By Richard Gaines
BOSTON — NOAA administrator Jane Lubchenco told a Senate Commerce Committee field hearing Monday that, while there is a "long way to go" in rebuilding trust with the fishing community, "we are beginning to see the light at the end of the tunnel."
But, except perhaps for her assistant administrator Eric Schwaab — who sat next to Lubchenco during an often tense 2 1/2-hour State House hearing organized by Sen. John Kerry — there was little evidence that anyone else either on the panel of six federal lawmakers or among stakeholder-witnesses spied the same light.
Congressmen John Tierney, Barney Frank and Sen. Scott Brown spoke of Lubchenco and her administration as a virtual lost cause — both before and after she and Schwaab departed the State House hearing room just before Brian Rothschild, the distinguished scientist at University of Massachusetts-Dartmouth, delivered his statement at the end of the second panel.
Lubchenco and Schwaab had made up the first panel.
Even Kerry, who used the hearing to organize a private NOAA and stakeholders summit conference to be scheduled, acknowledged afterward, "This is very frustrating."
But Kerry said he believed it should be possible in short order take three important steps forward:
More frequent stock assessments, with the goal of conducting them yearly for the key stocks, rather than the current two- and three-year cycles or more;
Liberalizing the 10 percent limit on rolling over uncaught allocations into the next fishing year; and,
Getting an emergency declaration from NOAA that could open the door to increased allocations.
Lubchenco said the holdup on the emergency declaration was due to the failure of the administration of Gov. Deval Patrick to follow through with a more detailed economic impact analysis of the re-engineered groundfishery into a quasi commodities market.
She also said the New England Fishery Management Council was the impediment to liberalizing the 10 percent carry over limit on uncaught fish.
"To create trust," Sen. Mark Begich, the Alaska Democrat who chairs the subcommittee on oceans and fisheries, advised Lubchenco, "is about communication — at times more than you ever anticipated."
'Change in leadership'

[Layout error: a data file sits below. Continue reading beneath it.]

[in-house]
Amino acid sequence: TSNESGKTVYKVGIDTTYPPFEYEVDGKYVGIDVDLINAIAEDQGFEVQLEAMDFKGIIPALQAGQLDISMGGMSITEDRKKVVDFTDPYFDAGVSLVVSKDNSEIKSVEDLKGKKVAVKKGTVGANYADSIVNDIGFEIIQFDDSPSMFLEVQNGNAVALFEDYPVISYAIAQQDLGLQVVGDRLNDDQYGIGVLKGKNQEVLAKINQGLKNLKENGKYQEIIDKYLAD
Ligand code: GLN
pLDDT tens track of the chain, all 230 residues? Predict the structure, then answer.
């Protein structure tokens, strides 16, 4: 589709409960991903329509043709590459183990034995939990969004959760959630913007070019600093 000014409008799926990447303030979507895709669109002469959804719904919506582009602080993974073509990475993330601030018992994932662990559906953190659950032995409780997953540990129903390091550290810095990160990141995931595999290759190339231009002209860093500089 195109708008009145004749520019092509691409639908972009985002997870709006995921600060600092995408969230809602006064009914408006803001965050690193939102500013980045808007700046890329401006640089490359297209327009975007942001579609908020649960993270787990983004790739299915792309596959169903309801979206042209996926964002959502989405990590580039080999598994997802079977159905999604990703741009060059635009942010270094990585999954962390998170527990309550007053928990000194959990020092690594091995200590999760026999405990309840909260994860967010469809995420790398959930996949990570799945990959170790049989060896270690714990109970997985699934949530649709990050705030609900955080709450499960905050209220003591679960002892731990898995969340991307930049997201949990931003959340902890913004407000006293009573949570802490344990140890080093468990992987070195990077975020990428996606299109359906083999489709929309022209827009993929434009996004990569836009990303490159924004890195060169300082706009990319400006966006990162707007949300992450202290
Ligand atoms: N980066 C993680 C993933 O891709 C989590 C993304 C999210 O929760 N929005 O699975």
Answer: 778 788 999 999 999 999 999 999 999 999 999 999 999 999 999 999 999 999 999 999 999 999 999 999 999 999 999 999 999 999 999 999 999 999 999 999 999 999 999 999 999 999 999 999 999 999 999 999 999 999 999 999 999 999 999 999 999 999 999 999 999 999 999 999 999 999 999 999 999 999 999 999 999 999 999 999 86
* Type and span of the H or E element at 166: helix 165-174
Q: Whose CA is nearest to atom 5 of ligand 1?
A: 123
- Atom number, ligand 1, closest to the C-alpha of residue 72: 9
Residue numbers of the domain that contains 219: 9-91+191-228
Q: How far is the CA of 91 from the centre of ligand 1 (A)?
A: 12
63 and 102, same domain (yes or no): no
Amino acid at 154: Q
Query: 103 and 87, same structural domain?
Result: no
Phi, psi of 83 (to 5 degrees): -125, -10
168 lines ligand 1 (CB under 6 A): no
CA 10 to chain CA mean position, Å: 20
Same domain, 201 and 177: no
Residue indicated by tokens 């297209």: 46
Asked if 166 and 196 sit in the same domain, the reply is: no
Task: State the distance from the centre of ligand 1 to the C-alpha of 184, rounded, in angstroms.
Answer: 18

Tierney, who represents Cape Ann, said the fastest way to change NOAA's culture was "a change in leadership."
"Maybe we can get somebody in there with some empathy," he said.
Frank, who along with Tierney, first called for Lubchenco's removal in more than a year ago, said he agrees with Brown and the fishing industry that Lubchenco's NOAA is "hostile" to the industry.
Referring to Lubchenco's written testimony, which argued that the catch share sector system was working, Frank said, "Her statement is almost self-congratulatory and what we heard from everyone else is starkly different. She cherry-picked the statistics.
"Most agencies are pro the industry they regulate," he said. "I can think of only two that hold their industry guilty until proved innocent — the Drug Enforcement Administration and NMFS (National Marine Fisheries Service)."
NMFS is headed by Schwaab, who was chosen by Lubchenco after she passed on Rothschild, Frank and much of the industry's first choice.
Kirk notes IG's presence
Sitting in the back of the hearing room was Commerce Department Inspector General Todd Zinser, who has been urged by Mayors Carolyn Kirk of Gloucester and Scott Lang of New Bedford to begin an investigation of alleged improper influence by non-government organizations, especially the Environmental Defense Fund, on rule-making by NOAA and the regional fishery management council.
"I'm glad the IG was here," Kirk said after the hearing.
Brown cited a recent private two-hour meeting with 16 NGOs that Lubchenco and Schwaab attended as an example of the bias in decision-making.
He described Lubchenco's testimony as "the political 'hoojie woojie.'"
"The only thing coming at the end of the tunnel is a train," Brown said. "The relationship is beyond repair."
Lubchenco said that, based on a study she commissioned from daily schedules, she has spent 40 hours meeting with representatives of the industry against the one three hour meeting with the greens, which was reported in the Times last month.
After the hearing, Lang added his voice to the chorus, saying he considered Lubchenco to have just completed "a performance" in the dramatic sense.
"If she is not replaced," he said, "she becomes the No. 1 issue" in the upcoming election.
"Everything is fine, while Rome is burning," Lang added sarcastically.
Except for Brown, all members of the congressional panel, which also included Congressman William Keating, are Democrats.
Lubchenco flew back to Washington after leaving in mid-hearing for what aides said was a meeting.
A request for her schedule for the day was ignored.
Instead, Justin Kenney, NOAA's press secretary, issued a statement saying, "Dr. Lubchenco flew to Boston Sunday night, testified at the hearing this morning, answered every question, and then stayed for the opening remarks of the second panel."
Lang and others saw it differently.
"I'd like to know what meeting she had to get back to," Lang said.
Richard Gaines can be reached at 978-283-7000, x3464, or at firstname.lastname@example.org.